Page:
World War II's Ghost Army
LINCOLN, Neb. (May 8, 2013) -- War, deception and art come together in the documentary “The Ghost Army,” the astonishing true story of American G.I.s -- many of whom would go on to have illustrious careers in art, design and fashion -- who tricked the enemy with rubber tanks, sound effects and carefully crafted illusions during the Second World War. A remarkable story of a top-secret mission that was at once absurd, deadly and amazingly effective, “The Ghost Army”airs Tuesday, May 21, at 7 p.m. CT on NET1 and NET-HD.
In the summer of 1944, a handpicked group of G.I.s landed in France to conduct a special mission. Armed with truckloads of inflatable tanks, a massive collection of sound effects records, and more than a few tricks up their sleeves, they created a traveling road show of deception on the battlefields of Europe, with the German Army as their audience.
From Normandy to the Rhine, the 1,100 men of the 23rd Headquarters Special Troops, known as the Ghost Army, conjured up phony convoys, phantom divisions and make-believe headquarters to fool the enemy about the strength and location of American units. Every move they made was top secret, and their story was hushed up for decades after the war’s end.
Each deception required that they impersonate a different (and vastly larger) U.S. unit. Like actors in a repertory theater, they would mount an ever-changing multimedia show tailored to each deception. The men immersed themselves in their roles, even hanging out at local cafes and spinning their counterfeit stories for spies who might lurk in the shadows.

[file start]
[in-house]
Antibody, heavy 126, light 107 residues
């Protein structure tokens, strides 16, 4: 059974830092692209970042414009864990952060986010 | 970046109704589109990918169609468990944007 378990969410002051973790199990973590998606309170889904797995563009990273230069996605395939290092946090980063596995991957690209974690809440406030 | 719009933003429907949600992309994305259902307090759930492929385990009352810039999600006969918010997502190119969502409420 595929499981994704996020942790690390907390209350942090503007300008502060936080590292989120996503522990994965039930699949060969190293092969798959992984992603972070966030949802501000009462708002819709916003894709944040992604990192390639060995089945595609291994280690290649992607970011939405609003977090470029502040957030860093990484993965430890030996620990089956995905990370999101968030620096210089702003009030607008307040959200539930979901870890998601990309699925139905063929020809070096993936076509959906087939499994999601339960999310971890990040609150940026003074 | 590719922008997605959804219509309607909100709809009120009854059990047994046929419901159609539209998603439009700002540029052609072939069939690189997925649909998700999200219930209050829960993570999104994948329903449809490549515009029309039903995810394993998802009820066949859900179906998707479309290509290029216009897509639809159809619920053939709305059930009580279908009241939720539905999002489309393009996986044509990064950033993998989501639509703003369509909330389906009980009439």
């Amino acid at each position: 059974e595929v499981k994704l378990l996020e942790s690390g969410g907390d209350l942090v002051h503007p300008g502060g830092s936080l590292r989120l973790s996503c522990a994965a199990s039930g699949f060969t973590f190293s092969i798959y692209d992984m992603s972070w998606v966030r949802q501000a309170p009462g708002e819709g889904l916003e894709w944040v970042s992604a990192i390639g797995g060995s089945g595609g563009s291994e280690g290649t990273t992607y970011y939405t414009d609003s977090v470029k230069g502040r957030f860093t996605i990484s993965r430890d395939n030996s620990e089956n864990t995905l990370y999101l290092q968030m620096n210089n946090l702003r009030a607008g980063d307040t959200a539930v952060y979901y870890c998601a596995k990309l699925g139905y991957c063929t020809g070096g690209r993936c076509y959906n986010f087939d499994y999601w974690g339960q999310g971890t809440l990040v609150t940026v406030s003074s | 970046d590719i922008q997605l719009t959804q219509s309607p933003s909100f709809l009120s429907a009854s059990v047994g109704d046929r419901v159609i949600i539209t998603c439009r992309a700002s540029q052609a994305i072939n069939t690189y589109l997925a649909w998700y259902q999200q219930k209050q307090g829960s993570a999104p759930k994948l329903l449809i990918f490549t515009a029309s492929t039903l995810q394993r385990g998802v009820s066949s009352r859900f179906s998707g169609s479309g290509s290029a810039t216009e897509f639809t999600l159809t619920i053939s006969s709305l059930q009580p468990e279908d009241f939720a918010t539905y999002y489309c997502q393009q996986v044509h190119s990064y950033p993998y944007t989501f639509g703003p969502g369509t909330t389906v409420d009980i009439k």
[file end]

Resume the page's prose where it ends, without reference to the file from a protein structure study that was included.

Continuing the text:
Painstakingly recorded sounds of armored and infantry units were blasted from sound trucks; radio operators created phony traffic nets; and inflatable tanks, trucks, artillery and even airplanes were imperfectly camouflaged so they would be visible to enemy reconnaissance. The Ghost Army staged more than 20 deception operations in France, Belgium, Luxembourg and Germany, often operating dangerously close to the front lines.
Many of the men chosen to carry out these deceptions were young artists recruited from art schools across the country. In their spare time, they painted and sketched their way across Europe, creating a unique and moving visual record of their war. Some would go on to become famous, including fashion designer Bill Blass, painter Ellsworth Kelly and photographer Art Kane.
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